The interval and the instant: Inscribing death and dying
Non-fiction filming involving death and dying has taboo status in terms of what western society can and cannot sanction – the image of dying is not something we should see, or even want to see. As a consequence, there is very little film-making done with the consent and collaboration of the dying person and there are few moving images of natural or good deaths. The documentary film-makers and artists who have navigated this difficult ethical territory, engendering a space where dying and death can be given images, have done so by adopting a way of seeing, and being with, the terminally ill person that has some confederacy with the practices of the palliative care professional. Drawing upon the writing of Vivian Sobchack and Ernest Becker, as well as Giorgio Agamben’s theory of bare life, and particularly Emmanuel Levinas and his concept of alterity, the article concentrates on art and film that turns to face death and dying. Moving through narrative cinema, observational documentary and artists’ film, and examining specific film works by Stan Brakhage, Sophie Calle, Kirby Dick, Allan King and Bill Viola, among others, the complex area between ethics and aesthetics is explored, suggesting that in the context of film and death there can be an ethics of aesthetics.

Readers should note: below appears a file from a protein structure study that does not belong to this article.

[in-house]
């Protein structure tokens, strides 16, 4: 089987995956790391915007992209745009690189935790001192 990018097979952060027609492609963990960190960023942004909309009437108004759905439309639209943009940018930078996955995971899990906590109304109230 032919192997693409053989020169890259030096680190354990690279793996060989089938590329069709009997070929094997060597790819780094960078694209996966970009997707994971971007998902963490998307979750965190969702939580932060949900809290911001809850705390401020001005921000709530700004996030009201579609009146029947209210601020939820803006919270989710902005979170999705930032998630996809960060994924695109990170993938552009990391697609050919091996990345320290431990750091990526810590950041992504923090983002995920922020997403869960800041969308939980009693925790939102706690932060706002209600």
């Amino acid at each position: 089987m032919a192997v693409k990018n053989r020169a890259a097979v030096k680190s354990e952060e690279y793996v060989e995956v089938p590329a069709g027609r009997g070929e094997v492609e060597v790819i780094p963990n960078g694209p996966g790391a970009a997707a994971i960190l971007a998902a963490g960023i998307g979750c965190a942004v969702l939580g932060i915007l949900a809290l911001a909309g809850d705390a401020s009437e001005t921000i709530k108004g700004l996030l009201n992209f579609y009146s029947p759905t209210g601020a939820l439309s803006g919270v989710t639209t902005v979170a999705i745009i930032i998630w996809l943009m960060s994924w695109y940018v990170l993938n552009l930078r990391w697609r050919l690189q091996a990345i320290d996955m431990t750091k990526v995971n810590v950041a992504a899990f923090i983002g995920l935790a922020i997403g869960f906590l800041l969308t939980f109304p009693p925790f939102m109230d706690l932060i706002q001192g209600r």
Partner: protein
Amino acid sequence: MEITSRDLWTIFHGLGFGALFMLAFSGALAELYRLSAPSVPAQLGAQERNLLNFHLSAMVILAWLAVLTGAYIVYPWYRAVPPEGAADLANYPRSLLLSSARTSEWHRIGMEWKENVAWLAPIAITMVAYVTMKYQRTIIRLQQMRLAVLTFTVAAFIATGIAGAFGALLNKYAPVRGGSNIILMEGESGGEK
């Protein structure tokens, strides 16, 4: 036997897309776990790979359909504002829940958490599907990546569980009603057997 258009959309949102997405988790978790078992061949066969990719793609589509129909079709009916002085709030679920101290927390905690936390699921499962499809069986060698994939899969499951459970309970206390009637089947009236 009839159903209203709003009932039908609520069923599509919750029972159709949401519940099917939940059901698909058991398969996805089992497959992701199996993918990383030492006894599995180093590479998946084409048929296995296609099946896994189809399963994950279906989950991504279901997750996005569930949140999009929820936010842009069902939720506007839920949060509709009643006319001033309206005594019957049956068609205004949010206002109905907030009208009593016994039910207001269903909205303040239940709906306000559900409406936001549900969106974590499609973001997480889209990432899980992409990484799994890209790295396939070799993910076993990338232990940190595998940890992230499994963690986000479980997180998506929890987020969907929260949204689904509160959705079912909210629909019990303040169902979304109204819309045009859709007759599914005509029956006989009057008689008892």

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Document Type: Research Article
Affiliations: Queen Mary University
Publication date: 2016-12-01
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- The Moving Image Review & Art Journal (MIRAJ) is the first international peer-reviewed scholarly publication devoted to artists' film and video, and its contexts. It offers a forum for debates surrounding all forms of artists' moving image and media artworks: films, video installations, expanded cinema, video performance, experimental documentaries, animations, and other screen-based works made by artists. MIRAJ aims to consolidate artists' moving image as a distinct area of study that bridges a number of disciplines, not limited to, but including art, film, and media.
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